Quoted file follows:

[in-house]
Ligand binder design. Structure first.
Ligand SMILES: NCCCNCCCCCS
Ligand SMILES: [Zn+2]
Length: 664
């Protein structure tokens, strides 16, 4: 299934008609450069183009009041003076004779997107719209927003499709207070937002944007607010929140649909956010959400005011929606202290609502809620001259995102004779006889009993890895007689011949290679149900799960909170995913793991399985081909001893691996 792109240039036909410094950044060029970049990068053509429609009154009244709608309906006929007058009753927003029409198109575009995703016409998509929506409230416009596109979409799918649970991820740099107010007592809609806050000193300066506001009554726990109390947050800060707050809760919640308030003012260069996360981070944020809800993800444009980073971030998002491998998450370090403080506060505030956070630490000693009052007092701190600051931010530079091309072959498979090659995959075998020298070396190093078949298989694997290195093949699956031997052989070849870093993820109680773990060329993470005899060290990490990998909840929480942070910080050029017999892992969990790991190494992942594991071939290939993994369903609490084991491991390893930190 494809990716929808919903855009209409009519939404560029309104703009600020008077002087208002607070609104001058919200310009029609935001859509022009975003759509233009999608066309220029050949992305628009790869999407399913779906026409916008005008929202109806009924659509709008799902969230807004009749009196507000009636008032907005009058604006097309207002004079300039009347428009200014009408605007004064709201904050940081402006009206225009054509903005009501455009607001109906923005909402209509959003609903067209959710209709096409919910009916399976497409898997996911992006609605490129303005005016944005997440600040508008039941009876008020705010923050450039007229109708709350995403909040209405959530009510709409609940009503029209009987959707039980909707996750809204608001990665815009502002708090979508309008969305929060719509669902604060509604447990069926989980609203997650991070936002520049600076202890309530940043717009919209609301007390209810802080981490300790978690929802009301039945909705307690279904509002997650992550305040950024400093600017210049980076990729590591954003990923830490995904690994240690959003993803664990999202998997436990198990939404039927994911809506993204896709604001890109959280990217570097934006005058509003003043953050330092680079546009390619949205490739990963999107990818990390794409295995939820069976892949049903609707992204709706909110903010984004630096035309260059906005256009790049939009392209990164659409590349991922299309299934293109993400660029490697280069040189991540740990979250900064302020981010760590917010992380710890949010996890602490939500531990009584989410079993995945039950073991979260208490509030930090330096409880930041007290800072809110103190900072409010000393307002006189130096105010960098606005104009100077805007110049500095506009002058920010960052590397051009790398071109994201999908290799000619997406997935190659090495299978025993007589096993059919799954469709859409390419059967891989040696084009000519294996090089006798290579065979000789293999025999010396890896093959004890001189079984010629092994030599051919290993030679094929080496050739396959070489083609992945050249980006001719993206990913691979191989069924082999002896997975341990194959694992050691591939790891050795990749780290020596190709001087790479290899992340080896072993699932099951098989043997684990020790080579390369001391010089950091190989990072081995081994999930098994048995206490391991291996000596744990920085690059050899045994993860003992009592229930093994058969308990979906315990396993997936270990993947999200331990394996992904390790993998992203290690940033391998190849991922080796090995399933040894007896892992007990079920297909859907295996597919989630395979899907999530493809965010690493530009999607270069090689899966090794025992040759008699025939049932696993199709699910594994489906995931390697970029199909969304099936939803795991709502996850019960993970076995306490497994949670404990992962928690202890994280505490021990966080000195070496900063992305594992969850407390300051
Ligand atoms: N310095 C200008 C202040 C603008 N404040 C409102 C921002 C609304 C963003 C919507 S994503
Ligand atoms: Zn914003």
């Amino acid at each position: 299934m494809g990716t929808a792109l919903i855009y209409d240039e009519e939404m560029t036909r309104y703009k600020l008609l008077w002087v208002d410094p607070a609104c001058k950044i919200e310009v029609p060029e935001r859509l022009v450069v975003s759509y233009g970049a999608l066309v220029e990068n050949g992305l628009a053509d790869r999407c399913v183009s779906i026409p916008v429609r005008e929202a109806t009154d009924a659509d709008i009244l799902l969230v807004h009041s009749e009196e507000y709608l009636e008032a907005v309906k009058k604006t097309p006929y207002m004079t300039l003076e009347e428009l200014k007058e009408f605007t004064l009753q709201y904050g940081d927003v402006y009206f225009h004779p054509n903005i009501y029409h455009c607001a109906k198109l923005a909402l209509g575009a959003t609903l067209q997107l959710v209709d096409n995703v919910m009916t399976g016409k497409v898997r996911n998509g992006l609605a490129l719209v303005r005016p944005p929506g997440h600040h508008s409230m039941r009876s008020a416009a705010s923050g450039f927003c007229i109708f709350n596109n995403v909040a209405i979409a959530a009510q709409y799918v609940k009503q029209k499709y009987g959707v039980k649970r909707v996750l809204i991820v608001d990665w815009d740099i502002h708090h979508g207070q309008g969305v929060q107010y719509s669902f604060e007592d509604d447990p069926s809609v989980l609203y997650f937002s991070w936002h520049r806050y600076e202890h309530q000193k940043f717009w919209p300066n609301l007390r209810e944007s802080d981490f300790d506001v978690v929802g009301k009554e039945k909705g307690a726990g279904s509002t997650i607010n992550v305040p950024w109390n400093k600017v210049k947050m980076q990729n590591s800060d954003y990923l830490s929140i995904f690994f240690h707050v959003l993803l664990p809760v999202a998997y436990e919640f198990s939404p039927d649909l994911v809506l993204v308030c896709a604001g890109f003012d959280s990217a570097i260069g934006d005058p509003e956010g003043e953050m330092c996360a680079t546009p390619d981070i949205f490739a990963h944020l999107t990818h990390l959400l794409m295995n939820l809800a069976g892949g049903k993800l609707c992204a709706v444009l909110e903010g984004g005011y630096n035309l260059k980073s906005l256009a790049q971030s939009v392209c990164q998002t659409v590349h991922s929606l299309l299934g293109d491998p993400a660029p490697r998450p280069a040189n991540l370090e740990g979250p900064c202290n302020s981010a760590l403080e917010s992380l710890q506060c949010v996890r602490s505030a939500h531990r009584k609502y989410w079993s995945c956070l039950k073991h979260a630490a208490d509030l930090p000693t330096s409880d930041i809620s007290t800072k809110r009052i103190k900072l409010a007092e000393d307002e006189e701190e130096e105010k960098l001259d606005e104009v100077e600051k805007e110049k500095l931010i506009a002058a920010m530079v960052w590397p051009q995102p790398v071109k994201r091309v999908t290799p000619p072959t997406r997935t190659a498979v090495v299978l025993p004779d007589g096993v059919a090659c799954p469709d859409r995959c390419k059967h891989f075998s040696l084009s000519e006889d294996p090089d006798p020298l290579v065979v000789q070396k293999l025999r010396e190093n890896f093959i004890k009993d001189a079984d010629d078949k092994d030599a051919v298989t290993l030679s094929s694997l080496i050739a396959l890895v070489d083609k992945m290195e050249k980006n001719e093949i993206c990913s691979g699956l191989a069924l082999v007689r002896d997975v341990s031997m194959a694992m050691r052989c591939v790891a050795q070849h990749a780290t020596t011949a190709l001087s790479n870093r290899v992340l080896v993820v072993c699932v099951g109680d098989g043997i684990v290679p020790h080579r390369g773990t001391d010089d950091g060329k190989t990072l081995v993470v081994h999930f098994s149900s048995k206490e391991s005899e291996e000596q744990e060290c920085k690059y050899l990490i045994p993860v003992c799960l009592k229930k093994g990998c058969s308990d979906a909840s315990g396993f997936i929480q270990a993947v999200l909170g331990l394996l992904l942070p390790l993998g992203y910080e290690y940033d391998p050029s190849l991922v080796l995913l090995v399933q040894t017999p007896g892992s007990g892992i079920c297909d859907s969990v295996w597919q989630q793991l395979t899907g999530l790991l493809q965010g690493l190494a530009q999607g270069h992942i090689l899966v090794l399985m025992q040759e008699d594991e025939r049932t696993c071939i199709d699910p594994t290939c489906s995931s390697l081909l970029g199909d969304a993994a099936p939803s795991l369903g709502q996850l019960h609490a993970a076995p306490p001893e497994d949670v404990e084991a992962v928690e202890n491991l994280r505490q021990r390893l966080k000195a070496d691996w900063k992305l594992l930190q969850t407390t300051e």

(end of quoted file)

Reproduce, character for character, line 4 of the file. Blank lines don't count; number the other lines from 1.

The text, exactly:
Ligand SMILES: [Zn+2]